The Gates of Time frame the moment of destruction, 9:02 AM. The East Gate is inscribed with 9:01 AM, representing the innocence of the city before the attack and the West Gate represents 9:03 AM the moment when all Americans were changed forever.  Posted by Hello
168 chairs made of bronze and stone are in nine rows representing the nine floors of the building. Each chair's glass base is etched with the name of a victim and symbolizes the absence felt by family members and friends. Nineteen smaller chairs represent the children lost. The field's perimeter matches the footprint of the Federal Building and is lined by a granite path ... granite salvaged from the Murrah Plaza.  Posted by Hello
The Reflecting Pool is located where N.W. 5th street was in front of the Murrah Federal Building; the street where the terrorist parked his truck full of explosives. It is very shallow and flows gently over a narrow ledge around the edge where it is circulated back into the pool. The soothing sound has a very calming and peaceful affect.  Posted by Hello
At first the fence was installed to protect the site of the Murrah Building. Later, about 200 feet of the original fence was moved to it's present location the day of the groundbreaking for the Memorial. Eventually, over 60,000 tokens of love, remembrance and hope were collected and preserved in the Memorial archives and more are added each day. Posted by Hello

Tuesday, March 22, 2005

9:57 PM Tuesday, March 22 2005

We’ve gone as far east as we’re going this trip. Starting tomorrow, we will turn our noses west and begin the trek back to Washington. What our course will be is still somewhat undecided but we’ll make those decisions as we move along the highways and byways from day to day. We’re hoping to find some sunshine and warm weather after being subjected to cold, rain and wind for so long. Phil’s been chasing a leak in the bathroom and has slowed it down but not stopped it completely. We need to dry out so he can do some more caulking.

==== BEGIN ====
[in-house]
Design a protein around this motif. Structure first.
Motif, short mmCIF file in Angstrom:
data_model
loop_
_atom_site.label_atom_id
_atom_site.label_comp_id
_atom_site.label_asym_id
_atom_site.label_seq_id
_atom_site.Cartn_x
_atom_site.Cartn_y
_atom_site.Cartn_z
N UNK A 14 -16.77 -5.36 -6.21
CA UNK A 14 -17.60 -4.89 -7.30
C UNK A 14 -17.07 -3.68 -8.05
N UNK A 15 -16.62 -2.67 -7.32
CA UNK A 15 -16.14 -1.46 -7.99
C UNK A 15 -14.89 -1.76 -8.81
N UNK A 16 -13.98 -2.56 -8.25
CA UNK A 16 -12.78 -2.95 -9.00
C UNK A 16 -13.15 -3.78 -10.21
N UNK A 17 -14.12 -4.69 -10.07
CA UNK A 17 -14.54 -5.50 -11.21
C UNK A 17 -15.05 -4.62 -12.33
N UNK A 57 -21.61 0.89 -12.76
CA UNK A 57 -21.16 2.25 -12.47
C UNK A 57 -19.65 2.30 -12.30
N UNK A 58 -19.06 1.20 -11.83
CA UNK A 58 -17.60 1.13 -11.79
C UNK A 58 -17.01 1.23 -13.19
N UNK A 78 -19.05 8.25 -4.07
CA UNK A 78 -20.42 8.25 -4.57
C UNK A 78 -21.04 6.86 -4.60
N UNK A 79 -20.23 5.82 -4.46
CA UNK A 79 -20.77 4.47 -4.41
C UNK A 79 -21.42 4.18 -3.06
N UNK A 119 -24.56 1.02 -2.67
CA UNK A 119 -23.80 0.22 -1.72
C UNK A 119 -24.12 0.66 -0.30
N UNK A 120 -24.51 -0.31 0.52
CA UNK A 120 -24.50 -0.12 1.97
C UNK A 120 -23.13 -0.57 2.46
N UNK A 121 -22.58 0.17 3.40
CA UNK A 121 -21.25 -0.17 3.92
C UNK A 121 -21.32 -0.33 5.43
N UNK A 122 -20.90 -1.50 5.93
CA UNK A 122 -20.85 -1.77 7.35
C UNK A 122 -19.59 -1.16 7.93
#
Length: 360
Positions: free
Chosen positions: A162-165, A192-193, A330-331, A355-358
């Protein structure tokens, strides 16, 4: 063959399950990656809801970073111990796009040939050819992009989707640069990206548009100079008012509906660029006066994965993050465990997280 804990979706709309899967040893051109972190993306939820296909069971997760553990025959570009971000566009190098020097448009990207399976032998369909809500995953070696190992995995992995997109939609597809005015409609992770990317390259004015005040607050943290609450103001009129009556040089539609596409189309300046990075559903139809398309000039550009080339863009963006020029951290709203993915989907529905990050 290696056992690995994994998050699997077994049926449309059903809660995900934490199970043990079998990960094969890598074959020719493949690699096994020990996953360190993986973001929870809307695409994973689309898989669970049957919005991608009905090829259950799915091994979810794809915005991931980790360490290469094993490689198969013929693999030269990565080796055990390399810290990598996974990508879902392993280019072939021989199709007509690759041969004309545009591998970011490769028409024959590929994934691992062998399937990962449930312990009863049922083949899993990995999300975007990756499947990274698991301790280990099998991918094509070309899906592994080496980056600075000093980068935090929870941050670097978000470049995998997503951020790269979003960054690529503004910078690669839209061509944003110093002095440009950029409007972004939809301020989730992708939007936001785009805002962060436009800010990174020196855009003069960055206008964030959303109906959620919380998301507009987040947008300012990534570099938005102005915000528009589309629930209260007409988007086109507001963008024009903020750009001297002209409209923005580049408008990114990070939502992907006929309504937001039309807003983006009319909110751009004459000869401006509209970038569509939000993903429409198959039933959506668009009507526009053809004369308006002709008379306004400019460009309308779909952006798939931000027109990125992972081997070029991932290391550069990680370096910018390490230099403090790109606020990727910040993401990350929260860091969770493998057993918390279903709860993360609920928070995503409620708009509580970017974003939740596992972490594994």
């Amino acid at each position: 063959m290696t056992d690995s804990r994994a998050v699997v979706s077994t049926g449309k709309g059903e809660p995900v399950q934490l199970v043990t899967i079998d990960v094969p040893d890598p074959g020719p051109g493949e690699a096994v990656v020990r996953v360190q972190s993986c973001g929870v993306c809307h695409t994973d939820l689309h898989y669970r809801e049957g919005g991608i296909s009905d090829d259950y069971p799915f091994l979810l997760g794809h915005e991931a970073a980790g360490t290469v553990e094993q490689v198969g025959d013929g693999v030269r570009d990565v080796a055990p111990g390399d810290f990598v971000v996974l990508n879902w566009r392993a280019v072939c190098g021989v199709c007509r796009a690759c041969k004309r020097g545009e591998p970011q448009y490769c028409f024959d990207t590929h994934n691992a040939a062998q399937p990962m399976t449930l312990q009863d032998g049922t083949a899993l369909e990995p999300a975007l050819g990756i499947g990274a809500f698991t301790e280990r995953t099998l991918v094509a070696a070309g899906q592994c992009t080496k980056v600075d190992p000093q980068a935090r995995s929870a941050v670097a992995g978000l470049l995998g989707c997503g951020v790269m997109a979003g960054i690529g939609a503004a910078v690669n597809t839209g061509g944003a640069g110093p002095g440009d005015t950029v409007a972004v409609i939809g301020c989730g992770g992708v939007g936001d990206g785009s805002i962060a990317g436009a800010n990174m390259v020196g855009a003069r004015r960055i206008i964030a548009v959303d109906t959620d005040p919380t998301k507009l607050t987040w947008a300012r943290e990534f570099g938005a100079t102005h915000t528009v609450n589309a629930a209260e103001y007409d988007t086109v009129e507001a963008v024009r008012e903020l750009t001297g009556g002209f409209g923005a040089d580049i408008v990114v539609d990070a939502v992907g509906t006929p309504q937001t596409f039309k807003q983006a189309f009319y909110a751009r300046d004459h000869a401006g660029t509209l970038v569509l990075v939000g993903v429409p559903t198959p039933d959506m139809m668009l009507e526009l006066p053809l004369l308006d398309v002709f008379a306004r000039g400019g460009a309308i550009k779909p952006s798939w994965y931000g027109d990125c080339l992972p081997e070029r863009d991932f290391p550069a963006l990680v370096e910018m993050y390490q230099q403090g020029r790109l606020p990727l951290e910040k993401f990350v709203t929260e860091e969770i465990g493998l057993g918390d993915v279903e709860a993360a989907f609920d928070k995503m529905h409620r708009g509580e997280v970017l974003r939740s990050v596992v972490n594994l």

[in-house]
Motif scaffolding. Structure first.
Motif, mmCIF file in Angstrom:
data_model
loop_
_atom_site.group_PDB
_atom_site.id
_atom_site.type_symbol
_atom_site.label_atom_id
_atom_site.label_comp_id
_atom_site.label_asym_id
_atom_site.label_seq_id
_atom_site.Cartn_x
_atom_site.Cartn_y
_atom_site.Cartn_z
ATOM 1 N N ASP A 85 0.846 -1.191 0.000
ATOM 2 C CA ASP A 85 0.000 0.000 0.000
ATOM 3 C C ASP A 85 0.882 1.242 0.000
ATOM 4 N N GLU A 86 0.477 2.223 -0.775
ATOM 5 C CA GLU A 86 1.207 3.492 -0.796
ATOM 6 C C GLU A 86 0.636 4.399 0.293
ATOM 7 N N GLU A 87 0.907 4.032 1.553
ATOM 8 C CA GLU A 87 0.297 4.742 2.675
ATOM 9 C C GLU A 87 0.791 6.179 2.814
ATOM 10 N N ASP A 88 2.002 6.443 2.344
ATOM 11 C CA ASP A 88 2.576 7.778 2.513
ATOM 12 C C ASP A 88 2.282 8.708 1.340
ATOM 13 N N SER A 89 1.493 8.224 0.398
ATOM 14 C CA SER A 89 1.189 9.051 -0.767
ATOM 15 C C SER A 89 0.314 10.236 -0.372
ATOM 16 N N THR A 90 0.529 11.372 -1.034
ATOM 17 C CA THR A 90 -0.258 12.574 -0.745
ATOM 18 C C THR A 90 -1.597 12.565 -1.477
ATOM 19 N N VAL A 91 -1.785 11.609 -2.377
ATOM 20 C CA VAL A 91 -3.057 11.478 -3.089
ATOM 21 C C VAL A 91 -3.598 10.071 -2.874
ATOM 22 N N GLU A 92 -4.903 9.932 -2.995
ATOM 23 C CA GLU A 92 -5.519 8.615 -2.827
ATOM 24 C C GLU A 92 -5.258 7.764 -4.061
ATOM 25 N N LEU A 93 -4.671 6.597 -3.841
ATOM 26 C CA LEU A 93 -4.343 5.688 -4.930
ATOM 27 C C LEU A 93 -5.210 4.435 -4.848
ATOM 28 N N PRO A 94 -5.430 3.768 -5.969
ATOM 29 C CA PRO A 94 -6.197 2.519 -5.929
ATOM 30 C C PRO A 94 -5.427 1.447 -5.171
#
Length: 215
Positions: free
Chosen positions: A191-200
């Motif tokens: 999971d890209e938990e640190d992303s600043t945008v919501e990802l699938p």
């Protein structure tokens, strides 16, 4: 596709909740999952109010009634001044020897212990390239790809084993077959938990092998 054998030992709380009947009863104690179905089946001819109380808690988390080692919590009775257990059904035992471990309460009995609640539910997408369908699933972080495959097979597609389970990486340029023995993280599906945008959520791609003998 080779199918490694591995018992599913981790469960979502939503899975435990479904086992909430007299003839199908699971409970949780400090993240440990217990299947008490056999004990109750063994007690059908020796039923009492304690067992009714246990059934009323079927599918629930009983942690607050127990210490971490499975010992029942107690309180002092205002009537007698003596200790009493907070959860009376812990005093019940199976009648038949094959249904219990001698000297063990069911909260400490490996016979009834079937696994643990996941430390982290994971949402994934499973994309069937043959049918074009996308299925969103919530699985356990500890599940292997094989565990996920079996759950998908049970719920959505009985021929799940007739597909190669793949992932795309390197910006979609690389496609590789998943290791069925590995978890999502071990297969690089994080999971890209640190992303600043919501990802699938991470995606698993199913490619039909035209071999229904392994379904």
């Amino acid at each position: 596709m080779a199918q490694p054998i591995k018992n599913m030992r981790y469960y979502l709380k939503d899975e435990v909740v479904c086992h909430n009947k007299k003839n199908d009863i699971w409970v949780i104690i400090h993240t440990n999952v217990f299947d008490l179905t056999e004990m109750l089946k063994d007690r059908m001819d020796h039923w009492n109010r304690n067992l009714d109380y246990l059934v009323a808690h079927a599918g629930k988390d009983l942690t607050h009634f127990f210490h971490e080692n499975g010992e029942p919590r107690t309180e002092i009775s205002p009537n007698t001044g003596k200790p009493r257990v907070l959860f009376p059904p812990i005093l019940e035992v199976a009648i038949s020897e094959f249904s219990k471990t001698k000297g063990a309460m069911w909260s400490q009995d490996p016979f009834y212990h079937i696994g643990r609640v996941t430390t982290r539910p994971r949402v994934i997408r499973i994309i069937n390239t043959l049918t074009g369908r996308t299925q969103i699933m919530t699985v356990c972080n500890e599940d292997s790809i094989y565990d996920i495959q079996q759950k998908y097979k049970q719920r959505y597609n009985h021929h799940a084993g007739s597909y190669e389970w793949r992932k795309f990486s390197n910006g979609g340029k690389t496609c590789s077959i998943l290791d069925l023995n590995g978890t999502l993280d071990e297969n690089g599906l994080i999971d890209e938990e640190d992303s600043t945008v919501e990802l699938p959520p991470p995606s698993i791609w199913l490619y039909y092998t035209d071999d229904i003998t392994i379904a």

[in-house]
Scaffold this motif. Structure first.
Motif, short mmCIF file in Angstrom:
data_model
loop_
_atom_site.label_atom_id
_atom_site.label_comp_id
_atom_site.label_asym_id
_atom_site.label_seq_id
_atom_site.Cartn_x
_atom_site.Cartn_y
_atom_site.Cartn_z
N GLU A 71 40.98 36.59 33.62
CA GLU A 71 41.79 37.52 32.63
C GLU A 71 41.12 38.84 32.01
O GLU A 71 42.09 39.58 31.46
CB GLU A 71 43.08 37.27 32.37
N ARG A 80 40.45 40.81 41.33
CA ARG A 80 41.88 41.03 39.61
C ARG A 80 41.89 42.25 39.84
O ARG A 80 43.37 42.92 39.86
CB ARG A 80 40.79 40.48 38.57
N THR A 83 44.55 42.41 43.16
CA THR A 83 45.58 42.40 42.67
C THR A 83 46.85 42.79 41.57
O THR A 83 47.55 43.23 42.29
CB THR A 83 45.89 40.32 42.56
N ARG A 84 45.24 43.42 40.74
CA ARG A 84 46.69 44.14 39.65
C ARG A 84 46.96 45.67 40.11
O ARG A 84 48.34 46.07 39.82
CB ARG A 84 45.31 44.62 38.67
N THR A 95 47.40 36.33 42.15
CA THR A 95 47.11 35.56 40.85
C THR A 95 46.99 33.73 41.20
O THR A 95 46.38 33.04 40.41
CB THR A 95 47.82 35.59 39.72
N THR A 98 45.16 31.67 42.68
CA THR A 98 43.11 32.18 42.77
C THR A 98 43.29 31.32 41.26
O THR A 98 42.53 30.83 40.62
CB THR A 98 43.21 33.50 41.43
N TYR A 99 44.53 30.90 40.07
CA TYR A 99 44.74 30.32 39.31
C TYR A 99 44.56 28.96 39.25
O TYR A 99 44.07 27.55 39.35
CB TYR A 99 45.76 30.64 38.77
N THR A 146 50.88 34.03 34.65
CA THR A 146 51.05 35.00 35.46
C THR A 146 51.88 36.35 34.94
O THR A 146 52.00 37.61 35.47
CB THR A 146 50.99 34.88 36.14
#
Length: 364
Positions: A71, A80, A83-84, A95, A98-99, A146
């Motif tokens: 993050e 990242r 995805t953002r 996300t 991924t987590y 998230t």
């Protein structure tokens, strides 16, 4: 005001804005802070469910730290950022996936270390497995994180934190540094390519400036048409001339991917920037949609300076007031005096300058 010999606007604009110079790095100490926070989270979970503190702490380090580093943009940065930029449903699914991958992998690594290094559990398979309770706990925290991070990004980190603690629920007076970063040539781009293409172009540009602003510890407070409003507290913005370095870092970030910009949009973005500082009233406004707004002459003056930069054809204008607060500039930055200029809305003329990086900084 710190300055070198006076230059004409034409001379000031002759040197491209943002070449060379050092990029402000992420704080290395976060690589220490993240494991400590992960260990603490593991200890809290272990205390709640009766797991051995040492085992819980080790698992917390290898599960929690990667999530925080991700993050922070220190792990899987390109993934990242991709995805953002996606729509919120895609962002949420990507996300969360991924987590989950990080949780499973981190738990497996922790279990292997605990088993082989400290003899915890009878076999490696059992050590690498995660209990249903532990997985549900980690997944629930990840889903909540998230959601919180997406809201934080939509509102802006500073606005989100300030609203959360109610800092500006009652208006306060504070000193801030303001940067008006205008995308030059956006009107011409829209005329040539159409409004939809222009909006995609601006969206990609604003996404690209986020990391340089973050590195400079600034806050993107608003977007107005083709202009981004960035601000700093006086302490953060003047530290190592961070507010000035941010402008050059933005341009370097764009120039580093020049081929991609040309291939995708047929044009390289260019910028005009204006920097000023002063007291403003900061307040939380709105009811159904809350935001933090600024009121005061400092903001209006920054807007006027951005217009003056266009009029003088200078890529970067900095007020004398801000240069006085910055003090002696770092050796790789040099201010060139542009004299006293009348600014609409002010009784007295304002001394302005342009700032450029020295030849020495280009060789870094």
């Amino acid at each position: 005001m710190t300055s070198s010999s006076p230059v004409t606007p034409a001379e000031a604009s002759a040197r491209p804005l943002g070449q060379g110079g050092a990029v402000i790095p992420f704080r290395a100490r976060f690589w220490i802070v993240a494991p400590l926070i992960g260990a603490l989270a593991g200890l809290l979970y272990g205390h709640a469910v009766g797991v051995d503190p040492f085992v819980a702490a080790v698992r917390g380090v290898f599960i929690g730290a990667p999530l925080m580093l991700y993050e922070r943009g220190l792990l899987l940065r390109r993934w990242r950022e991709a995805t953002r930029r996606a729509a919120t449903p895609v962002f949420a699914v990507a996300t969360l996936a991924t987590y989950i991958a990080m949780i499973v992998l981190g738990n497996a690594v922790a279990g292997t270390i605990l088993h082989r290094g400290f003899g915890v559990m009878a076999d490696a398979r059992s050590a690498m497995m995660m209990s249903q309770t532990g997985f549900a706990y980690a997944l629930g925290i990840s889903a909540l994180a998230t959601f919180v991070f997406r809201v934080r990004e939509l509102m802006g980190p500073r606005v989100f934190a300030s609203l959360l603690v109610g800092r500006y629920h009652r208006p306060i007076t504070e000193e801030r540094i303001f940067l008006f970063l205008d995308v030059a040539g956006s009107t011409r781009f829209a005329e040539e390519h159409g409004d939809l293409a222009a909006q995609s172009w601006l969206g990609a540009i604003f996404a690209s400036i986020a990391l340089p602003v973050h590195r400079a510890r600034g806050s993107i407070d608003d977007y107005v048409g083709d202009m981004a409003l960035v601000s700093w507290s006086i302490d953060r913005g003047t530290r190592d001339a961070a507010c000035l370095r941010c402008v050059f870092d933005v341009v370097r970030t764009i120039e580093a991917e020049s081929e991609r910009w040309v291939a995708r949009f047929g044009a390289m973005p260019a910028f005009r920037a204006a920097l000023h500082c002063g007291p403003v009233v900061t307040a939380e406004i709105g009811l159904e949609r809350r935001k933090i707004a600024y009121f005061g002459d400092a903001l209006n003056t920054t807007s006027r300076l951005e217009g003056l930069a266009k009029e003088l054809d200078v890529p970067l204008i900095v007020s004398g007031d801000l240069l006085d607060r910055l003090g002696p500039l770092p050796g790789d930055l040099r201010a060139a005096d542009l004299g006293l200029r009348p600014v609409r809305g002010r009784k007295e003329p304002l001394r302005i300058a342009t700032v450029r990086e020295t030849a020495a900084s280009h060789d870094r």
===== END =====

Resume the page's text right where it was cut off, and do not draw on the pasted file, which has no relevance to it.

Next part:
Joy, Phil's nephew, Rick and Phil. Posted by Hello
Back row, L to R: Richard, Amy, Mason, Tammy, Chris and Rob. Front, L - R: Dustin, Rick (Phil's nephew), Abby and Aron.  Posted by Hello
Aron and Rob's pool and house on the lake in Missouri. Posted by Hello
Aron's dock ... full of fisher-people ... some fishing, some wishing they were fishing! Posted by Hello
Sammy, Aron's cute little dog. Posted by Hello
Aron and the neighbor's pet goat "playing".  Posted by Hello
Phil and me with my cousins in OK City, OK. L to R: My cousin Larry and his wife Angela then Cheryl, wife of my cousin Bob (Larry's dad) on the right front. We had just finished a great dinner (Larry's treat!) at the Western Sizzlin, a restaurant very similar to the Golden Corral except you can get your steak to order. Yummy! Thank you Larry! Posted by Hello

Monday, March 21, 2005

10:35 AM Monday March 21, 2005

NO BLOG since the 14th!!! So sorry for worrying you’all, (Can you tell I’ve been in Texas and Oklahoma for awhile?) and seeming to drop off the face of the earth until now. I guess there is really no excuse except the truth … we’ve just been having too much fun visiting with family and meeting family we’ve never seen before to have much down time for writing. Phil has taken dozens and dozens of pictures (wait until you see the goat!) and I’m looking forward to sharing those as well as telling you all about our latest adventures. This morning, we’re packing up the motorhome and moving from our quiet little RV park (so isolated there is no TV reception) in Richmond and driving south to Iola, Kansas. We will be there for a couple days and do day trips to EUREKA (no RV parks there) where I’m hoping to find and make copies from a bonanza of a paper trail left by my COX ancestors. Stay tuned! The weather (or lack of it) will be our guide from that point on as we head west and north toward Washington. Phil is pouring over the maps and the campground listings plotting our course while I’m writing this. I’m watching the southern sky out our picture window (the motorhome’s windshield) as it grows darker and the wind increases. Also, I can see the few rain drops left from the last sprinkle wondering what we will find as we move in that direction. While we planned our new lifestyle, the one thing I didn’t realize we would keep uppermost in our mind as we traveled is … the weather. Maybe we’re just scaredycats but it is a part of our life now as much as keeping the motor running and the tires inflated. Please be patient with me … I will answer the e-mails and get the blog caught up real soon!